TWS’ three premier wildlife journals — The Journal of Wildlife Management, Wildlife Monographs and the Wildlife Society Bulletin — support our mission to achieve a positive impact on the sustainability of wildlife populations through the dissemination of science-based wildlife conservation and management.
With online access now included as a membership benefit, TWS members are increasingly engaging with the latest research findings in wildlife science.
In case you missed any of these, here’s a list of the most downloaded papers in 2017.
- Free-roaming cat interactions with wildlife admitted to a wildlife hospital
- Polar bear attacks on humans: Implications of a changing climate
- Determining kill rates of ungulate calves by brown bears using neck-mounted cameras
- Effects of control on the dynamics of an adjacent protected wolf population in interior Alaska
- Predicting eagle fatalities at wind facilities
- How publishing in open access journals threatens science and what we can do about it
- Clarifying historical range to aid recovery of the Mexican wolf
- Bat mortality due to wind turbines in Canada
- Online hunting forums identify achievement as prominent among multiple satisfactions
- Inefficiency of evolutionarily relevant selection in ungulate trophy hunting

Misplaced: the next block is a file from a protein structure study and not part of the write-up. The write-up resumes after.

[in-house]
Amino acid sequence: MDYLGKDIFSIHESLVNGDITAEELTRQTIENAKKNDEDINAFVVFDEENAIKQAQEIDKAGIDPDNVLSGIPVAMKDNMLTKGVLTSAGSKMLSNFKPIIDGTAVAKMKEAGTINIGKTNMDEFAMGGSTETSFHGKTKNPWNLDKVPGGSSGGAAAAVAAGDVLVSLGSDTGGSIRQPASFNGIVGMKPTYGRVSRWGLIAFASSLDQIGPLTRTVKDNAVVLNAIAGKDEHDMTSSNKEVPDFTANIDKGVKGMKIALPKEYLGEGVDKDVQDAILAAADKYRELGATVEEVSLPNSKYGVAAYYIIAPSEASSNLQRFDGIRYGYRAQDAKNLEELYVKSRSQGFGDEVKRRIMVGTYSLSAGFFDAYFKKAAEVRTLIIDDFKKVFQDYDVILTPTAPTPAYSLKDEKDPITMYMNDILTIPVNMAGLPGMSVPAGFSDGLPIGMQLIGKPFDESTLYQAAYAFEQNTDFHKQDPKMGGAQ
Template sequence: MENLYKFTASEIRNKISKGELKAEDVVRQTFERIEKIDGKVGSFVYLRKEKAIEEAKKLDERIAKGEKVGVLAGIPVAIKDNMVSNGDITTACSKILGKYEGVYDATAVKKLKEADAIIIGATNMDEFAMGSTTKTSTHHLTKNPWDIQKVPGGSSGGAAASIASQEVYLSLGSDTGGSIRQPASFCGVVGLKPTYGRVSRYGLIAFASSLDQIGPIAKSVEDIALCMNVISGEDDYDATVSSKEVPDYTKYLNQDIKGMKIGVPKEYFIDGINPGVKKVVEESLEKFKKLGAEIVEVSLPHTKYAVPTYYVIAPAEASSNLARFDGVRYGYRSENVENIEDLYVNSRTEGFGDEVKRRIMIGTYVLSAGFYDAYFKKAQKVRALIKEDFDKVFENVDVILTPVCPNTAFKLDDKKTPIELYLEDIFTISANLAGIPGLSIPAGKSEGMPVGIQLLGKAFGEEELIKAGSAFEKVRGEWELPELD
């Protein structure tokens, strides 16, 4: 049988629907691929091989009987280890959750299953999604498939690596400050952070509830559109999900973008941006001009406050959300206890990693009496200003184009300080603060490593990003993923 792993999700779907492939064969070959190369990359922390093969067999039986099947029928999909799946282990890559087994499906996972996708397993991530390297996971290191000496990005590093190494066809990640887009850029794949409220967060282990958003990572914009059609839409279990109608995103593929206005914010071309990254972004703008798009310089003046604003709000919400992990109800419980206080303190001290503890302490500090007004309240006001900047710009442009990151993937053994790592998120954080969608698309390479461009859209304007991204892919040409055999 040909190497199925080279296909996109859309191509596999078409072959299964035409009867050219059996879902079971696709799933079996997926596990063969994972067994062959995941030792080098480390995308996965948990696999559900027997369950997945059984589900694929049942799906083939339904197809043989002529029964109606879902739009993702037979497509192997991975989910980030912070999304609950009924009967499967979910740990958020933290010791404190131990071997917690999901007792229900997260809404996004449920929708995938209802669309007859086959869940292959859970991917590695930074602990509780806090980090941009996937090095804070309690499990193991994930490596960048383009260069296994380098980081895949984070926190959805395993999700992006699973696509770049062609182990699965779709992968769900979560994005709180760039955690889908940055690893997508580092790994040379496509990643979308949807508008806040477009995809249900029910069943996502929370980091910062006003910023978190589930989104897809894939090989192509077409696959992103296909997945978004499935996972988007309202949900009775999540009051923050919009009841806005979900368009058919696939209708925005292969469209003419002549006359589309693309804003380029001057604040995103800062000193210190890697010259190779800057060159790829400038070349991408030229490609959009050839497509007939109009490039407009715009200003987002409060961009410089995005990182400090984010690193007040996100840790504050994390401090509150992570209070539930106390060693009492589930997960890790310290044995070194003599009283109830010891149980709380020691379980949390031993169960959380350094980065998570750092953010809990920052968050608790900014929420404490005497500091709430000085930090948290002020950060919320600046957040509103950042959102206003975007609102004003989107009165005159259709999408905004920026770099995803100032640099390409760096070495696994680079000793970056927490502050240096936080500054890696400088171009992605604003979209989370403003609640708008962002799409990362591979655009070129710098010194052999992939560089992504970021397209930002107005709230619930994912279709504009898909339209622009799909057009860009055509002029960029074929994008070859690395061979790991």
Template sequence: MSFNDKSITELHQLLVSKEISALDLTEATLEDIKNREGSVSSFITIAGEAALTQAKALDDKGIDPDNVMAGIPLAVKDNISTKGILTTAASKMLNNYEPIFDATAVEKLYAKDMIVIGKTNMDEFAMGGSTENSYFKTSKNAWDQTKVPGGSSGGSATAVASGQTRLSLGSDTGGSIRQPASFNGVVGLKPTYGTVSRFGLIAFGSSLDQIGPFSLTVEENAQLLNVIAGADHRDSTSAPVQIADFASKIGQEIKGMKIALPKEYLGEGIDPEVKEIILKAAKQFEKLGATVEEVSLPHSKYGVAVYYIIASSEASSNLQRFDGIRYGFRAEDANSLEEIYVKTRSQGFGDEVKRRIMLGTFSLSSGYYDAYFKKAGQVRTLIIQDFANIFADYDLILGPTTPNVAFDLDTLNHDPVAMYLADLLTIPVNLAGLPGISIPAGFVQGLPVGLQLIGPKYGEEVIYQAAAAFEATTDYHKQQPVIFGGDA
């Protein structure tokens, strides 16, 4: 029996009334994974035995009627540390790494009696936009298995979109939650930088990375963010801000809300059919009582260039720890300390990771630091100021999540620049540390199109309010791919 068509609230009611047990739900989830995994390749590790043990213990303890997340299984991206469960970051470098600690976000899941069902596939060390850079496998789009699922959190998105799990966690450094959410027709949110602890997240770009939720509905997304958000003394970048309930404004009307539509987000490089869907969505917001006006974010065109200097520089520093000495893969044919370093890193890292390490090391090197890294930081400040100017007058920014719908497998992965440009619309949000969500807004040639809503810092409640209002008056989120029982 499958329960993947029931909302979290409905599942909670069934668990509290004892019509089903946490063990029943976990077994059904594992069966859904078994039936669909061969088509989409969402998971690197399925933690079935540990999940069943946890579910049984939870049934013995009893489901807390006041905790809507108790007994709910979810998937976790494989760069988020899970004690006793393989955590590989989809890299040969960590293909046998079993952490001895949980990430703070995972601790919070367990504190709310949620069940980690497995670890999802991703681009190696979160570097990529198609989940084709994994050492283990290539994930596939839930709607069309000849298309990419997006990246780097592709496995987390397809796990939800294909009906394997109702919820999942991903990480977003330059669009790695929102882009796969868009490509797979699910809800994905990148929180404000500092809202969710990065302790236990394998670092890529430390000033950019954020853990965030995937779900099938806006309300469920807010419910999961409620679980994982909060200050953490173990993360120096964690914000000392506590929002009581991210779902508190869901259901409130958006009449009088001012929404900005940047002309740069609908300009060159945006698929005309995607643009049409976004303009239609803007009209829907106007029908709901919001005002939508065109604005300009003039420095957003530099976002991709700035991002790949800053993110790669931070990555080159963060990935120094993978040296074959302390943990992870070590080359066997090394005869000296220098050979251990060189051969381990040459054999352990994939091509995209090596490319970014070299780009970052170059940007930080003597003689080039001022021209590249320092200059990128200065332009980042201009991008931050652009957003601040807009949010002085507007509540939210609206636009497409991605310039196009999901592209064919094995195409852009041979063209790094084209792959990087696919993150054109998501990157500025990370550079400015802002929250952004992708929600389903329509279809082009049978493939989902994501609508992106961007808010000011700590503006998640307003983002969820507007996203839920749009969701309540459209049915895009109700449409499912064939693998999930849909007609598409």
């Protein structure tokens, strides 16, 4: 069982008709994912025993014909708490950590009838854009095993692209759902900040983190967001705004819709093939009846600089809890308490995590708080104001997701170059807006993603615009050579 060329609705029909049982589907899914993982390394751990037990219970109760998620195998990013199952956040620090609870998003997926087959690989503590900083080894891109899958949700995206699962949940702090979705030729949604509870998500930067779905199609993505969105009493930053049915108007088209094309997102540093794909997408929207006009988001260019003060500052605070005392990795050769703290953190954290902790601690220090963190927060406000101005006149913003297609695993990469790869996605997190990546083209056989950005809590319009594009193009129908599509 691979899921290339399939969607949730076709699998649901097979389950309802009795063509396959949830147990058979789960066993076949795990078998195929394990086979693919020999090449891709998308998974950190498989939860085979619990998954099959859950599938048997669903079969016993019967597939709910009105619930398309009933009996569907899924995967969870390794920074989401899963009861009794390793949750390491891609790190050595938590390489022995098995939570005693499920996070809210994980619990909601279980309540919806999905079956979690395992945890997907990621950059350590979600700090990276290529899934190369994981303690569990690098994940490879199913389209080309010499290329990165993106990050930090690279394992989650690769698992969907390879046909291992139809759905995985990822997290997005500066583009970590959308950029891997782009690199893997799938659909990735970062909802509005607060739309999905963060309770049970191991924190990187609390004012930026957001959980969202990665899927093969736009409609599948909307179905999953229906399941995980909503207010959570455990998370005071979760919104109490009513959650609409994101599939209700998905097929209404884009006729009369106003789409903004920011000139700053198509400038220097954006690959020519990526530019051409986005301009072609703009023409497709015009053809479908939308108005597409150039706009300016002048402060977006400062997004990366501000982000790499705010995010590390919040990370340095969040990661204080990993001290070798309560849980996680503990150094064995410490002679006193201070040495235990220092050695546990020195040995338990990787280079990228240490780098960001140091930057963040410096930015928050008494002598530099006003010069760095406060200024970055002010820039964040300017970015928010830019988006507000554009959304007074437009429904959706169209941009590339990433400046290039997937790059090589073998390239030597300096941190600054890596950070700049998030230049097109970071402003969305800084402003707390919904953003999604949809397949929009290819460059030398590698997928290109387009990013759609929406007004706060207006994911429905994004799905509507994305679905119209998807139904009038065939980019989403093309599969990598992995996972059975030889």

- Investigating impacts of oil and gas development on greater sage-grouse
- The role of domestic cats in the admission of injured wildlife at rehabilitation and rescue centers
- Consumption of intentional food subsidies by a hunted carnivore
- How open access is crucial to the future of science
- Predators, predator removal, and sage-grouse: A review
- Annual elk calf survival in a multiple carnivore system
- Demography of an increasing caribou herd with restricted wolf control
- Manipulations of black bear and coyote affect caribou calf survival
- Winter diet and hunting success of Canada lynx in Colorado
- Overpasses and underpasses: Effectiveness of crossing structures for migratory ungulates
Log into Your Membership to read these papers by going to the “Publications” tab.
We want to thank these authors for choosing to publish with TWS.
Next time you are ready to submit a paper, we hope you will choose a TWS journal as your publication outlet!
Here’s just a few reasons why you should:
- Universal author guidelines
- Rapid, rigorous peer review
- Discounted page charges for members
- Open access option available
|Nancy Sasavage is TWS Director of Publications and Communications and Editor-in-Chief of The Wildlife Professional.
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